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chapter SIX

elasticity, consumer and Producer Surplus

I.Price Elasticity of Demand

A.Law of demand tells us that consumers will respond to a price decrease by buying more of a product (other things remaining constant), but it does not tell us how much more.

B.The degree of responsiveness or sensitivity of consumers to a change in price is measured by the concept of price elasticity of demand.

1.If consumers are relatively responsive to price changes, demand is said to be elastic.

2.If consumers are relatively unresponsive to price changes, demand is said to be inelastic.

3.The terms elastic or inelastic describe the degree of responsiveness.  A precise definition of what we mean by “responsive” or “unresponsive” follows.

4.CONSIDER THIS … A Bit of a Stretch

The Ace bandage stretches a lot when force is applied (elastic); the rubber tie-down (not to be confused with a rubber band) moves stretches little when force is applied (inelastic).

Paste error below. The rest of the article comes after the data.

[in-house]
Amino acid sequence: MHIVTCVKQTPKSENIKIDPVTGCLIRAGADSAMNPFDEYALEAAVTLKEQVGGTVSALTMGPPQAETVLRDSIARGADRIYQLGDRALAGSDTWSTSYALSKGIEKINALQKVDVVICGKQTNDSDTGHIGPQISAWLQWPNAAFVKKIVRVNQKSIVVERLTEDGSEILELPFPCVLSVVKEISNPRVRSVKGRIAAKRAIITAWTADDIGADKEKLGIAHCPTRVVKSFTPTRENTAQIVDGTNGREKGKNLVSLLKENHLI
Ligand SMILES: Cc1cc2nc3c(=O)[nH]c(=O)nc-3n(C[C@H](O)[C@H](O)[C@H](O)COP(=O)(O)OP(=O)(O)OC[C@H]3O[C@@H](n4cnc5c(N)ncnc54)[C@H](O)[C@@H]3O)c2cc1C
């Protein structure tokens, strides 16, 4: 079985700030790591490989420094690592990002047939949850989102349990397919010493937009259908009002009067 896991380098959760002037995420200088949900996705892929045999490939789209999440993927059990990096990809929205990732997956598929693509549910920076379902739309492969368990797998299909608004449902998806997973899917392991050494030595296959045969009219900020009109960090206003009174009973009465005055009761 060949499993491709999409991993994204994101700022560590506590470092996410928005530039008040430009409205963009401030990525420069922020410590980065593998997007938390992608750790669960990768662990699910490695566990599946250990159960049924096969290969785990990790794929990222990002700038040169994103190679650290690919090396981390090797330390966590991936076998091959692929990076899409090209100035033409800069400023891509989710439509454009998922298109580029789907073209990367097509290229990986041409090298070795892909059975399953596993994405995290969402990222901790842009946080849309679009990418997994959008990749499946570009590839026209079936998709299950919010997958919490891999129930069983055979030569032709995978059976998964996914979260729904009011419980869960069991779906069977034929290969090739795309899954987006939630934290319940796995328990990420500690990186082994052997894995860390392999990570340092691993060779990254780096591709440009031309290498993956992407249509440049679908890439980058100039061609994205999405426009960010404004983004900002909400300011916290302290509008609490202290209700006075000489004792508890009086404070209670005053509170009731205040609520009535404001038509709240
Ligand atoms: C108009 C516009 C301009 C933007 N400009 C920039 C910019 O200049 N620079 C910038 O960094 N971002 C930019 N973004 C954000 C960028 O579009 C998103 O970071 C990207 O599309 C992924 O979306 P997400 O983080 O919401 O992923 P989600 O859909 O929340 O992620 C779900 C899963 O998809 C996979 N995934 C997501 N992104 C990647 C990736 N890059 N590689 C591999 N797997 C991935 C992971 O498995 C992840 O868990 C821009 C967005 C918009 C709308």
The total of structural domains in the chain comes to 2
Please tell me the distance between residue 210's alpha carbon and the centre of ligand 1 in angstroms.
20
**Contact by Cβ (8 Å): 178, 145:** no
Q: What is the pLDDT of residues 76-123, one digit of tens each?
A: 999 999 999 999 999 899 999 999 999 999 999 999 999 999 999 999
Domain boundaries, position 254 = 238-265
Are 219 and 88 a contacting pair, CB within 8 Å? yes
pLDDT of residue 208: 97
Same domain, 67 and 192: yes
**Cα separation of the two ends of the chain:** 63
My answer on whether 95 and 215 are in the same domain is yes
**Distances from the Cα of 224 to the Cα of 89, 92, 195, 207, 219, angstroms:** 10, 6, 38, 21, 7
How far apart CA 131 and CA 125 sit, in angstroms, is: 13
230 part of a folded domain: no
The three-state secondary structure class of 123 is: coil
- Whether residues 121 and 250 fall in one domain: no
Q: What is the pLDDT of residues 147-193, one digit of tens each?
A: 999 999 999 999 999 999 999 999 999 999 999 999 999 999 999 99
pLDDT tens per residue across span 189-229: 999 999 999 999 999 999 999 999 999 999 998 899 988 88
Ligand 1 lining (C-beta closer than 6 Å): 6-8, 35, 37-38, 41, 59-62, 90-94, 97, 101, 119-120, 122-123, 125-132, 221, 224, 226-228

C.Price elasticity coefficient and formula:

     E d   =        Percentage Change in Quantity   

                                     Percentage Change in Price

1.Using averages – the midpoint formula

a.Using traditional calculations, the measured elasticity over a given range of prices is sensitive to whether one starts at the higher price and goes down, or the lower price and goes up.  The midpoint formula calculates the average elasticity over a range of prices to alleviate that problem.

b.The midpoint formula for elasticity is:

Ed = [(change in Q)/(sum of Q’s/2)] divided by [(change in P)/(sum of P’s/2)]

2.Emphasis: The percentages changes are compared,  not the absolute changes.

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